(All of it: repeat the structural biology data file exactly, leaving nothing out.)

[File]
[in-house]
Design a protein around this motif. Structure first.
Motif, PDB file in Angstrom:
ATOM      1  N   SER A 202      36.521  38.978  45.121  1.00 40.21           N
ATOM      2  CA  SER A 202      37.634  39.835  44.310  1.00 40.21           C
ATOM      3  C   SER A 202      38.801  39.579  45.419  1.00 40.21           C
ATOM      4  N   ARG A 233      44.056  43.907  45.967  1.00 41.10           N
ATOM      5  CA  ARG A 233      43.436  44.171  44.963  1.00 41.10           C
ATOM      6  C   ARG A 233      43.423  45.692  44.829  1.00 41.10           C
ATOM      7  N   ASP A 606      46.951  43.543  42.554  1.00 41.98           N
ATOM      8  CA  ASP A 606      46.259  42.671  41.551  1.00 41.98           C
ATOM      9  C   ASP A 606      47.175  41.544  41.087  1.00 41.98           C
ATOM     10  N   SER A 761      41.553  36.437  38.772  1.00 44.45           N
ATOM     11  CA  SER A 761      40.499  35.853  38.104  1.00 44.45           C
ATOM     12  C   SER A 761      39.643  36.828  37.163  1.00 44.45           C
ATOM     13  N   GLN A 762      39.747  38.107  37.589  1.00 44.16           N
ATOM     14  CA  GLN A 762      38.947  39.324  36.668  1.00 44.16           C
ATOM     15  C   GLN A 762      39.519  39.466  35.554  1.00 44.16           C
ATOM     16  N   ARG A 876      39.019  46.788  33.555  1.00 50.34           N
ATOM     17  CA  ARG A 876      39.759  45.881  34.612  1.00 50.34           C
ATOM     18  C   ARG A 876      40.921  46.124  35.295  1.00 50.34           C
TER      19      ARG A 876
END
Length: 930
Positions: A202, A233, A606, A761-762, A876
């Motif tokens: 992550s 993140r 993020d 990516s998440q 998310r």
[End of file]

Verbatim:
[in-house]
Design a protein around this motif. Structure first.
Motif, PDB file in Angstrom:
ATOM      1  N   SER A 202      36.521  38.978  45.121  1.00 40.21           N
ATOM      2  CA  SER A 202      37.634  39.835  44.310  1.00 40.21           C
ATOM      3  C   SER A 202      38.801  39.579  45.419  1.00 40.21           C
ATOM      4  N   ARG A 233      44.056  43.907  45.967  1.00 41.10           N
ATOM      5  CA  ARG A 233      43.436  44.171  44.963  1.00 41.10           C
ATOM      6  C   ARG A 233      43.423  45.692  44.829  1.00 41.10           C
ATOM      7  N   ASP A 606      46.951  43.543  42.554  1.00 41.98           N
ATOM      8  CA  ASP A 606      46.259  42.671  41.551  1.00 41.98           C
ATOM      9  C   ASP A 606      47.175  41.544  41.087  1.00 41.98           C
ATOM     10  N   SER A 761      41.553  36.437  38.772  1.00 44.45           N
ATOM     11  CA  SER A 761      40.499  35.853  38.104  1.00 44.45           C
ATOM     12  C   SER A 761      39.643  36.828  37.163  1.00 44.45           C
ATOM     13  N   GLN A 762      39.747  38.107  37.589  1.00 44.16           N
ATOM     14  CA  GLN A 762      38.947  39.324  36.668  1.00 44.16           C
ATOM     15  C   GLN A 762      39.519  39.466  35.554  1.00 44.16           C
ATOM     16  N   ARG A 876      39.019  46.788  33.555  1.00 50.34           N
ATOM     17  CA  ARG A 876      39.759  45.881  34.612  1.00 50.34           C
ATOM     18  C   ARG A 876      40.921  46.124  35.295  1.00 50.34           C
TER      19      ARG A 876
END
Length: 930
Positions: A202, A233, A606, A761-762, A876
């Motif tokens: 992550s 993140r 993020d 990516s998440q 998310r």